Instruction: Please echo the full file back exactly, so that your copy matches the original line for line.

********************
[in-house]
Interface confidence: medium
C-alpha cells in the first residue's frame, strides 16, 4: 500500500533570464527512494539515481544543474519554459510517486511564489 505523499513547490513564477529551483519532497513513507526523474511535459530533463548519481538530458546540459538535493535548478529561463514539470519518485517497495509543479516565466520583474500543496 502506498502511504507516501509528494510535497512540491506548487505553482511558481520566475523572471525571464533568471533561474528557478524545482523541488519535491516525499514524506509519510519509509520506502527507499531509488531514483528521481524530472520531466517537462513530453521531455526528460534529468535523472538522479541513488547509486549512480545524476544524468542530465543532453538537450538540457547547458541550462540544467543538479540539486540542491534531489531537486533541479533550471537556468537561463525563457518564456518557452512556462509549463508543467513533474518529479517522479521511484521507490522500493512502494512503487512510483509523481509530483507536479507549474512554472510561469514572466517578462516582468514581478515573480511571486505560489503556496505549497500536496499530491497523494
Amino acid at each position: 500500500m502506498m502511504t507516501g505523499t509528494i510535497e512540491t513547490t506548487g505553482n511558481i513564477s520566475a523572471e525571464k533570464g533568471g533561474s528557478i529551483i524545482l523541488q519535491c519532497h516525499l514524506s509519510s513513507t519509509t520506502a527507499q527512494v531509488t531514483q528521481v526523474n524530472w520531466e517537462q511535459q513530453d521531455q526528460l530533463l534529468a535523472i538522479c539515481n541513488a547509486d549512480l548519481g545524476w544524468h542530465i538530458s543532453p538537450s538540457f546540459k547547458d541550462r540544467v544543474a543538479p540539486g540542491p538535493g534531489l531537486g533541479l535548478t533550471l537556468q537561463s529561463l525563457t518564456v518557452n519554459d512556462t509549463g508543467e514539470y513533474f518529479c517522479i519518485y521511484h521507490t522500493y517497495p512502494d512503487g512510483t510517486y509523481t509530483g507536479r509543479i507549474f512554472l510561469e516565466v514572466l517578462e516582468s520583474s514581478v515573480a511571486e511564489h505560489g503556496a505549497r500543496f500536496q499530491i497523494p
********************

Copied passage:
[in-house]
Interface confidence: medium
C-alpha cells in the first residue's frame, strides 16, 4: 500500500533570464527512494539515481544543474519554459510517486511564489 505523499513547490513564477529551483519532497513513507526523474511535459530533463548519481538530458546540459538535493535548478529561463514539470519518485517497495509543479516565466520583474500543496 502506498502511504507516501509528494510535497512540491506548487505553482511558481520566475523572471525571464533568471533561474528557478524545482523541488519535491516525499514524506509519510519509509520506502527507499531509488531514483528521481524530472520531466517537462513530453521531455526528460534529468535523472538522479541513488547509486549512480545524476544524468542530465543532453538537450538540457547547458541550462540544467543538479540539486540542491534531489531537486533541479533550471537556468537561463525563457518564456518557452512556462509549463508543467513533474518529479517522479521511484521507490522500493512502494512503487512510483509523481509530483507536479507549474512554472510561469514572466517578462516582468514581478515573480511571486505560489503556496505549497500536496499530491497523494
Amino acid at each position: 500500500m502506498m502511504t507516501g505523499t509528494i510535497e512540491t513547490t506548487g505553482n511558481i513564477s520566475a523572471e525571464k533570464g533568471g533561474s528557478i529551483i524545482l523541488q519535491c519532497h516525499l514524506s509519510s513513507t519509509t520506502a527507499q527512494v531509488t531514483q528521481v526523474n524530472w520531466e517537462q511535459q513530453d521531455q526528460l530533463l534529468a535523472i538522479c539515481n541513488a547509486d549512480l548519481g545524476w544524468h542530465i538530458s543532453p538537450s538540457f546540459k547547458d541550462r540544467v544543474a543538479p540539486g540542491p538535493g534531489l531537486g533541479l535548478t533550471l537556468q537561463s529561463l525563457t518564456v518557452n519554459d512556462t509549463g508543467e514539470y513533474f518529479c517522479i519518485y521511484h521507490t522500493y517497495p512502494d512503487g512510483t510517486y509523481t509530483g507536479r509543479i507549474f512554472l510561469e516565466v514572466l517578462e516582468s520583474s514581478v515573480a511571486e511564489h505560489g503556496a505549497r500543496f500536496q499530491i497523494p